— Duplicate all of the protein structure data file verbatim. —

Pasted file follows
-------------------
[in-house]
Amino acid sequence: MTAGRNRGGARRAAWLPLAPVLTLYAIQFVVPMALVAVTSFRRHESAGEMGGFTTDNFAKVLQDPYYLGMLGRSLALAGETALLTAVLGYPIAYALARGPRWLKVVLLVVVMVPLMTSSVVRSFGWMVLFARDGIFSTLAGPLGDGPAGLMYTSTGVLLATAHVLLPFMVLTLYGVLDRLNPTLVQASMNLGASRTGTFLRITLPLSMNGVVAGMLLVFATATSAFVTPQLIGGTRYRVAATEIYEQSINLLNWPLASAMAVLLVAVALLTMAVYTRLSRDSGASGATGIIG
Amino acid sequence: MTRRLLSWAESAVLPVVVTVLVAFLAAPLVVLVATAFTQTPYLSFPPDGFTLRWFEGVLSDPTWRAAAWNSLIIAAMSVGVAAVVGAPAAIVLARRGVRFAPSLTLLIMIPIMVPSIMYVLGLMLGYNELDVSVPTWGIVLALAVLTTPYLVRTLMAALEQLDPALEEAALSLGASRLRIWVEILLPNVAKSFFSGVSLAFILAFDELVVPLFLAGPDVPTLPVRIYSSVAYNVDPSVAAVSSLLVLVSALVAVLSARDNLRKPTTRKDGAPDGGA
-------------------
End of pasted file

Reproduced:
[in-house]
Amino acid sequence: MTAGRNRGGARRAAWLPLAPVLTLYAIQFVVPMALVAVTSFRRHESAGEMGGFTTDNFAKVLQDPYYLGMLGRSLALAGETALLTAVLGYPIAYALARGPRWLKVVLLVVVMVPLMTSSVVRSFGWMVLFARDGIFSTLAGPLGDGPAGLMYTSTGVLLATAHVLLPFMVLTLYGVLDRLNPTLVQASMNLGASRTGTFLRITLPLSMNGVVAGMLLVFATATSAFVTPQLIGGTRYRVAATEIYEQSINLLNWPLASAMAVLLVAVALLTMAVYTRLSRDSGASGATGIIG
Amino acid sequence: MTRRLLSWAESAVLPVVVTVLVAFLAAPLVVLVATAFTQTPYLSFPPDGFTLRWFEGVLSDPTWRAAAWNSLIIAAMSVGVAAVVGAPAAIVLARRGVRFAPSLTLLIMIPIMVPSIMYVLGLMLGYNELDVSVPTWGIVLALAVLTTPYLVRTLMAALEQLDPALEEAALSLGASRLRIWVEILLPNVAKSFFSGVSLAFILAFDELVVPLFLAGPDVPTLPVRIYSSVAYNVDPSVAAVSSLLVLVSALVAVLSARDNLRKPTTRKDGAPDGGA